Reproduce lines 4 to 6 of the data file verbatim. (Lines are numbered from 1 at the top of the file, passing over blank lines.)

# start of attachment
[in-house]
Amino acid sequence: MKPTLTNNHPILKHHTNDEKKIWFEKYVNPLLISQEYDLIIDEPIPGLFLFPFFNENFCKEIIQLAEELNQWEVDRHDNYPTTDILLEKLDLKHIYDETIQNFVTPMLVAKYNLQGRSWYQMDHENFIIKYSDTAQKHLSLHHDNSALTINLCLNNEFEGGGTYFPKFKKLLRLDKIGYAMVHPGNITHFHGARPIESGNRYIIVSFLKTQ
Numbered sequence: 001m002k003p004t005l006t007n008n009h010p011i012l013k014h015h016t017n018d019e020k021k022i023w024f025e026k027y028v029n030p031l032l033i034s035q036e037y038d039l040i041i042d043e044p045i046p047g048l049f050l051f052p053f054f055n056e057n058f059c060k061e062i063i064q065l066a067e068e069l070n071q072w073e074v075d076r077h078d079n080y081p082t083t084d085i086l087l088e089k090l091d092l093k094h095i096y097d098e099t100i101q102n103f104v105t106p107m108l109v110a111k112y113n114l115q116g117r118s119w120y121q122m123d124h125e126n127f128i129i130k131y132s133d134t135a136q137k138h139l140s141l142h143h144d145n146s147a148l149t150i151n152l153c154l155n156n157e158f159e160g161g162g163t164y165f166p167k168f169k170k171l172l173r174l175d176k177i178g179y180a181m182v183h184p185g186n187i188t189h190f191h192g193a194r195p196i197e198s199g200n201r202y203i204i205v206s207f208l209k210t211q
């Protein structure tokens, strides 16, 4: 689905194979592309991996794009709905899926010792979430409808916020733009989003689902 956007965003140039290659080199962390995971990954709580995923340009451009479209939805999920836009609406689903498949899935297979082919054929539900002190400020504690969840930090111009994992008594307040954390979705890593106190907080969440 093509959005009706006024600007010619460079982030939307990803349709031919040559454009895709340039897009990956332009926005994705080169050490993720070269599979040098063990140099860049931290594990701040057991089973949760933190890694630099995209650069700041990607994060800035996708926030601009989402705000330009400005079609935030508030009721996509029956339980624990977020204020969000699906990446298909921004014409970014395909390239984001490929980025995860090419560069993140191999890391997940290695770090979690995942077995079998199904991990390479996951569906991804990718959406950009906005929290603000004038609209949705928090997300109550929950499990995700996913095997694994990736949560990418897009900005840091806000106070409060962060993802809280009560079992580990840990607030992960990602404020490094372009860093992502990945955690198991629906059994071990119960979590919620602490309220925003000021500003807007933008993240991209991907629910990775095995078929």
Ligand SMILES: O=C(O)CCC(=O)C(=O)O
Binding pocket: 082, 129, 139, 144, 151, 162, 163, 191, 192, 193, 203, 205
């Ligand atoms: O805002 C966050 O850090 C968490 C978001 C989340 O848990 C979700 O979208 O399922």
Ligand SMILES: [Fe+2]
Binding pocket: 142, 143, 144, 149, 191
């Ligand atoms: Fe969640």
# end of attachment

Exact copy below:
């Protein structure tokens, strides 16, 4: 689905194979592309991996794009709905899926010792979430409808916020733009989003689902 956007965003140039290659080199962390995971990954709580995923340009451009479209939805999920836009609406689903498949899935297979082919054929539900002190400020504690969840930090111009994992008594307040954390979705890593106190907080969440 093509959005009706006024600007010619460079982030939307990803349709031919040559454009895709340039897009990956332009926005994705080169050490993720070269599979040098063990140099860049931290594990701040057991089973949760933190890694630099995209650069700041990607994060800035996708926030601009989402705000330009400005079609935030508030009721996509029956339980624990977020204020969000699906990446298909921004014409970014395909390239984001490929980025995860090419560069993140191999890391997940290695770090979690995942077995079998199904991990390479996951569906991804990718959406950009906005929290603000004038609209949705928090997300109550929950499990995700996913095997694994990736949560990418897009900005840091806000106070409060962060993802809280009560079992580990840990607030992960990602404020490094372009860093992502990945955690198991629906059994071990119960979590919620602490309220925003000021500003807007933008993240991209991907629910990775095995078929």
Ligand SMILES: O=C(O)CCC(=O)C(=O)O
Binding pocket: 082, 129, 139, 144, 151, 162, 163, 191, 192, 193, 203, 205